One man says, “The act of fasting during Lent was seen as a way to reflect Christ’s suffering for us, though never to suggest that our meager acts of self-denial are in any way comparable to His. Rather, it is a way to make space, spiritually, for God to meet with us. Lent represents a time of searching for God amidst the brokenness of life, a season of intentional fasting before a time of feasting. Historically, Christians have given up something during Lent as a symbolic way to mark their journey and refocus their energy on their relationship with God. Most often, this includes fasting from certain foods or drinks. Some skip a meal each day or give up specific things such as meat, caffeine, alcohol, or sweets. Others give up more modern luxuries such as the Internet, social media, or e-mail; the reading of books, magazines or newspapers; and they forego shopping or watching television.”


“Yet it is important to remember,” he says, “that none of these things are inherently bad, sinful, or evil. But any of these pleasures can easily become overly-important in our lives.” He’s right. Often, it is nothing more than a piling up of simple distractions, or a gradual change in priorities, or the adoption of time-robbing habits that incrementally (over time), steal away the intimacy we once had with God – something that frequently happens without us even noticing it. That is, until our God or Christ-priority has slid so far down the ranks that we sadly reap the fruit of lacking intimacy with God and feeling disconnected from Christ.

Though some have made Lent into a very somber and even morose ordeal of self-denial, a correct view would be to see it as an opportunity to realign ourselves with Christ and reprioritize our relationship with Him. After all, the point of Lent is not to do something “religious” or “sacrificial” to somehow impress God. A right understanding of Scripture would assure us we should never have any thoughts of somehow “earning spiritual or salvific merit” by whatever we might do in our Lenten attempts to draw nearer to God (Luke 17:7-10). Likewise, we must remember that Jesus Himself warned His followers against doing their acts of personal piety – like prayer or fasting – in a public, showy, or prideful way.


With a Prayer that You Experience Spiritual Renewal During this Season of Lent, Pastor Jeff






Comments

Popular posts from this blog

Thoughts From Rick Hamlin

Dear Friends, This "thought" will likely seem more relevant to those who are past the child-rearing stage -- though it can surely offer hope to those who are in the midst of it! It was the March 1st reading from my 2018 edition of the Daily Guideposts devotional which I quoted from a few weeks back. The author of this particular entry is Rick Hamlin. It struck me as an entry that offers hope to the burdened conscience, and for that reason I pass it along to any parents who may need the encouragement it offers. Enjoy. "You will hurl all our sins into the depths of the sea." Micah 7:19 "It's interesting what we can remember and what we regret. When I think about the kind of dad I was when my kids were younger, I hate to recall the times when the two of them tested my patience. Two boys, three years apart, roughhousing indoors, the playful tussling that turned into wrestling matches threatening to destroy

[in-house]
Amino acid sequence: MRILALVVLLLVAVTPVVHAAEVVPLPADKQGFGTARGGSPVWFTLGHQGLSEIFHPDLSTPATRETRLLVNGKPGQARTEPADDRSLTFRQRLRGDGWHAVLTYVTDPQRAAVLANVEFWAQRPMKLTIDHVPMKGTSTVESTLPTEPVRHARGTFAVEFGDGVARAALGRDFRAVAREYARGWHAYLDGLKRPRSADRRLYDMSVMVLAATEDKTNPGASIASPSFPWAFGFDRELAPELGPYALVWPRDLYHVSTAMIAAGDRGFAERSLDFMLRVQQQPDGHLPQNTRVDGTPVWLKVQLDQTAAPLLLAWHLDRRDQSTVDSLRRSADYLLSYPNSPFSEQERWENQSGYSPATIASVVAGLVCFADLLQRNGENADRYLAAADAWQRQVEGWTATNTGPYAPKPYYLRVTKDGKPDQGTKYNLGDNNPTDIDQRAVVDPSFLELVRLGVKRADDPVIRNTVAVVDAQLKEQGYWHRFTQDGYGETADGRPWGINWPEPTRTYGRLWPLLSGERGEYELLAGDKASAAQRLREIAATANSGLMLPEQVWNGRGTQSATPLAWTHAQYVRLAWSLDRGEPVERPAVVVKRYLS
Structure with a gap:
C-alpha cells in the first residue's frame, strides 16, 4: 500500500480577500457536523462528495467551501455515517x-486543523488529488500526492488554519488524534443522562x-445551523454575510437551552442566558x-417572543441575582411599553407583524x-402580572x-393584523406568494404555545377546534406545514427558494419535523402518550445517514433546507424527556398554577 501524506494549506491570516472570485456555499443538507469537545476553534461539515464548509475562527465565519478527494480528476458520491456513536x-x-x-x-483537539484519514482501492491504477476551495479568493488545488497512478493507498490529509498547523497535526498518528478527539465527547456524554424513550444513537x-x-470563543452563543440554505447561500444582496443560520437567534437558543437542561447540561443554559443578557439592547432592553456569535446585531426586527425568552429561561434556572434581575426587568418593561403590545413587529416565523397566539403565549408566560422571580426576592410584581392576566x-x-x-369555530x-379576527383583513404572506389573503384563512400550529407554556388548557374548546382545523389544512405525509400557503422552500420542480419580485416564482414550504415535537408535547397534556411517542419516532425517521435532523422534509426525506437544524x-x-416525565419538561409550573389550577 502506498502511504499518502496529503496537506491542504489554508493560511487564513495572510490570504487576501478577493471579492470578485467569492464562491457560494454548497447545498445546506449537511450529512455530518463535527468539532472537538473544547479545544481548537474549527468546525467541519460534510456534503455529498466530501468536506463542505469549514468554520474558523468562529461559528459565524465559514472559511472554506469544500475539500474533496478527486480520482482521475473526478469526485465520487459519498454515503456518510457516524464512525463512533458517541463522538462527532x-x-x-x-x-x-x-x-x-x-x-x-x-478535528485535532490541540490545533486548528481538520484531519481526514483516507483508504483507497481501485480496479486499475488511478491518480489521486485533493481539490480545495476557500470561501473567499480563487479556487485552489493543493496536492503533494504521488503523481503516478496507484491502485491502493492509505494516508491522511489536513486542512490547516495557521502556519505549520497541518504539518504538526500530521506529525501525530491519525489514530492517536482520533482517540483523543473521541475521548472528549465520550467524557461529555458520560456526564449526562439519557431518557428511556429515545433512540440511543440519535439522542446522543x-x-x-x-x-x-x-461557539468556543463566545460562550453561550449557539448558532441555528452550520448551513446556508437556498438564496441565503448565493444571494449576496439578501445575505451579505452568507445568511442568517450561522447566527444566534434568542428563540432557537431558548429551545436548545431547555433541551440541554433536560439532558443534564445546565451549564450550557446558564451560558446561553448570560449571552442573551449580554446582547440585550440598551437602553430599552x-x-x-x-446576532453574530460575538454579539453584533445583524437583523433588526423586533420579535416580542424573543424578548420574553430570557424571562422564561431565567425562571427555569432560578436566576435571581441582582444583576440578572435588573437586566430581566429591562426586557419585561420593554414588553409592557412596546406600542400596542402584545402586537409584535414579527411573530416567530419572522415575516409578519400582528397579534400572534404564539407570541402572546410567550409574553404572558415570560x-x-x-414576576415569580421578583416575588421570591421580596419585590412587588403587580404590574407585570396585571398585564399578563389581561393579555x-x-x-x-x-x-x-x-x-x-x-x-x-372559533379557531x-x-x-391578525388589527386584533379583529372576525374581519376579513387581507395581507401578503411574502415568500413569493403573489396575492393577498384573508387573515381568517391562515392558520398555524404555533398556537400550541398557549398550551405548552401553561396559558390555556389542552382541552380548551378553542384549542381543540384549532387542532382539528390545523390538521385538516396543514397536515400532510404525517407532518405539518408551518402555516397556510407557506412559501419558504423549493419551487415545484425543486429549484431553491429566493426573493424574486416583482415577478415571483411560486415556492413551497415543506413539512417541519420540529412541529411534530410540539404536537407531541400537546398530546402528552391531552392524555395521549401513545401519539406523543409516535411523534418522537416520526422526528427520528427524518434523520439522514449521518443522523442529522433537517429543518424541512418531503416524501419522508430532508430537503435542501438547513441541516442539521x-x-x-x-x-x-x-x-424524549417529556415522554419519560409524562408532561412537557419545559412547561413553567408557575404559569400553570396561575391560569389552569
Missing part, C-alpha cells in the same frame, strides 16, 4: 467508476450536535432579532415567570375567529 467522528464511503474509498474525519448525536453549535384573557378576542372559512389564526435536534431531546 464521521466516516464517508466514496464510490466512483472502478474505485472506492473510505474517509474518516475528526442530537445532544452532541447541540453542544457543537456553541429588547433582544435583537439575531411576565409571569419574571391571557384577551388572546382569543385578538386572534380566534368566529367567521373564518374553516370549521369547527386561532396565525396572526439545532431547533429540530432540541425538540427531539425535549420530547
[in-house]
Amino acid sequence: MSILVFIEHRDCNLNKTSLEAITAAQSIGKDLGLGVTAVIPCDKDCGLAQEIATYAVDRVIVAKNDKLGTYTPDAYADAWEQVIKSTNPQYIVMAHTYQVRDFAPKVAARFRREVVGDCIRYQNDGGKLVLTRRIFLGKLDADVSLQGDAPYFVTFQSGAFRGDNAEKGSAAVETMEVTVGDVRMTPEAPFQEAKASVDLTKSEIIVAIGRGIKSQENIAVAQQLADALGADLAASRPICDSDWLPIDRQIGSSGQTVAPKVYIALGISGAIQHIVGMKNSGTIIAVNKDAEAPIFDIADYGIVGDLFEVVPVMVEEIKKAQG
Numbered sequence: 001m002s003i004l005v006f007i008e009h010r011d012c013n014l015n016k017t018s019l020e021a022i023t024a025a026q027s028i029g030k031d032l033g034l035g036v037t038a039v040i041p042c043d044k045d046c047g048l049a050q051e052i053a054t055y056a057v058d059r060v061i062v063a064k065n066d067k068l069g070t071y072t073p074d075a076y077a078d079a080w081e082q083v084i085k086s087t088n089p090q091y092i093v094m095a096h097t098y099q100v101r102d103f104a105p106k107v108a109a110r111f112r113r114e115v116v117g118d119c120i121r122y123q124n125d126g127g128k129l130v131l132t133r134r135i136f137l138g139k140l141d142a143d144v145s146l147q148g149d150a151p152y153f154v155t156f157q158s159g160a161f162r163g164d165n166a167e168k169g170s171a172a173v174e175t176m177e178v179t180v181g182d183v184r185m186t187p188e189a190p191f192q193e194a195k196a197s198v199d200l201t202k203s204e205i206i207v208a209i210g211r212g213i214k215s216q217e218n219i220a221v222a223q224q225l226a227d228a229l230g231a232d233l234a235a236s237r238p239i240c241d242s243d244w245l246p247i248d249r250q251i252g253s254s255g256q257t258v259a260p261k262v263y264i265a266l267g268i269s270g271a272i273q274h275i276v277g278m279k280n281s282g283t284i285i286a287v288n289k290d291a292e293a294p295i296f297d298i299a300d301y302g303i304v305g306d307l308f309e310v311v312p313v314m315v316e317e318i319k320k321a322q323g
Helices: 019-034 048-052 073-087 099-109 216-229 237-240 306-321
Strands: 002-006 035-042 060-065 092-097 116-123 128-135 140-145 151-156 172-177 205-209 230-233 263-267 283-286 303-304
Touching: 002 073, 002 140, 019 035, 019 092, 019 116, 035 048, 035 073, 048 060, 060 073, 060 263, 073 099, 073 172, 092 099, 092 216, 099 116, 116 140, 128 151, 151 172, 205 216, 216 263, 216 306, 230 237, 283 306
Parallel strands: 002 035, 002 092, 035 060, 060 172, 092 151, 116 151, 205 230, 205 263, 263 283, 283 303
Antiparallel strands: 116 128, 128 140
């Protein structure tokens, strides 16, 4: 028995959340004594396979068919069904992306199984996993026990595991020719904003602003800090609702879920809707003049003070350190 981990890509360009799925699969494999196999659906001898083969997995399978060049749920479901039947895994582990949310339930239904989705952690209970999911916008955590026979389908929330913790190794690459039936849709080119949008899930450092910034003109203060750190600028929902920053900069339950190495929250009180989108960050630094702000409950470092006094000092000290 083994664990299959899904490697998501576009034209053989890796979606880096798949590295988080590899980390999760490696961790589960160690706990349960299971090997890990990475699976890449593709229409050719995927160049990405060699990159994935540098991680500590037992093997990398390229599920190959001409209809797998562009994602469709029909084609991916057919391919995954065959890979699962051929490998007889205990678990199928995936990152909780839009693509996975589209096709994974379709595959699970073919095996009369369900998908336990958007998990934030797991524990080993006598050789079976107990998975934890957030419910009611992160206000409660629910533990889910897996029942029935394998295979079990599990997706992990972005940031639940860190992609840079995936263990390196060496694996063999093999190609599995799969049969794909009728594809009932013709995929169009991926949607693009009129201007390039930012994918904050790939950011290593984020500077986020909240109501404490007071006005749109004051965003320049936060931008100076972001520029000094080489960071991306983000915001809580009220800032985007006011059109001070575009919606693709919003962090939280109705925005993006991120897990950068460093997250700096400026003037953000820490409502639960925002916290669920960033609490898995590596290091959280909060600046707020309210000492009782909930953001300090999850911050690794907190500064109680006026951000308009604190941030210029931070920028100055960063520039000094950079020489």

Thoughts From Tim Challies

Dear Friends, I know it's Holy Week and most of you were probably expecting an Easter "thought." But it will not be. Not this year anyway! Instead, I wanted to send out a thought that has to do with prayer. Expectant prayer. Believing prayer. Earnest prayer. Prayer that actually anticipates that it will receive what is asked for. Prayer that is offered not only believing God is able, but also willing. Not simply that God can (which we all know), but that He will (which some often doubt). I know (since some have told me) that some believers consider the second part -- the conviction that He will -- as being a bit presumptuous, or contrary to a humble posture before God. But if I read the words of Jesus correctly, it seems to be an attitude He wants us as God's children to have when praying to Him who is our Father. Today's selection happens to be from Tim Challies, and is entitled "Expecting Results." Enjoy. "When you pray, petitionin